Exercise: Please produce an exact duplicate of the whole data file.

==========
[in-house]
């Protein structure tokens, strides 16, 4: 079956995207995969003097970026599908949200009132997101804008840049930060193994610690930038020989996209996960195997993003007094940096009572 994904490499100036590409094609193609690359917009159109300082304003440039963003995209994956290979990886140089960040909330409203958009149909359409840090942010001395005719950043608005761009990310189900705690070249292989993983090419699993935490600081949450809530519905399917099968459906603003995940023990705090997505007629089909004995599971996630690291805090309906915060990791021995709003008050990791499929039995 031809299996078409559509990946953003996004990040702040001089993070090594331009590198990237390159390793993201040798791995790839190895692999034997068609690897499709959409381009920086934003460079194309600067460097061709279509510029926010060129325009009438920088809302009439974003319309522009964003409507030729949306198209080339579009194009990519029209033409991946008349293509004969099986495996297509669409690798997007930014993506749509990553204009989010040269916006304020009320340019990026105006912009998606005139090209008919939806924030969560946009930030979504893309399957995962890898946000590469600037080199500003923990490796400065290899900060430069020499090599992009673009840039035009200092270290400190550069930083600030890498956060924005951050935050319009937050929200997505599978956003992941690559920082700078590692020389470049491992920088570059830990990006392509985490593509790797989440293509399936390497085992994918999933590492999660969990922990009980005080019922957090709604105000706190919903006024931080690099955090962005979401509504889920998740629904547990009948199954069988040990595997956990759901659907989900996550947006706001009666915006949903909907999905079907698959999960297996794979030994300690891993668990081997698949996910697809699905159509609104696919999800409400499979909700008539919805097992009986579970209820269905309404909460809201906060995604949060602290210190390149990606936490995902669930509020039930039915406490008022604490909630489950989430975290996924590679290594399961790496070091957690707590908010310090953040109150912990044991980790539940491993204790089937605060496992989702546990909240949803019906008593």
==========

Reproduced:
[in-house]
């Protein structure tokens, strides 16, 4: 079956995207995969003097970026599908949200009132997101804008840049930060193994610690930038020989996209996960195997993003007094940096009572 994904490499100036590409094609193609690359917009159109300082304003440039963003995209994956290979990886140089960040909330409203958009149909359409840090942010001395005719950043608005761009990310189900705690070249292989993983090419699993935490600081949450809530519905399917099968459906603003995940023990705090997505007629089909004995599971996630690291805090309906915060990791021995709003008050990791499929039995 031809299996078409559509990946953003996004990040702040001089993070090594331009590198990237390159390793993201040798791995790839190895692999034997068609690897499709959409381009920086934003460079194309600067460097061709279509510029926010060129325009009438920088809302009439974003319309522009964003409507030729949306198209080339579009194009990519029209033409991946008349293509004969099986495996297509669409690798997007930014993506749509990553204009989010040269916006304020009320340019990026105006912009998606005139090209008919939806924030969560946009930030979504893309399957995962890898946000590469600037080199500003923990490796400065290899900060430069020499090599992009673009840039035009200092270290400190550069930083600030890498956060924005951050935050319009937050929200997505599978956003992941690559920082700078590692020389470049491992920088570059830990990006392509985490593509790797989440293509399936390497085992994918999933590492999660969990922990009980005080019922957090709604105000706190919903006024931080690099955090962005979401509504889920998740629904547990009948199954069988040990595997956990759901659907989900996550947006706001009666915006949903909907999905079907698959999960297996794979030994300690891993668990081997698949996910697809699905159509609104696919999800409400499979909700008539919805097992009986579970209820269905309404909460809201906060995604949060602290210190390149990606936490995902669930509020039930039915406490008022604490909630489950989430975290996924590679290594399961790496070091957690707590908010310090953040109150912990044991980790539940491993204790089937605060496992989702546990909240949803019906008593």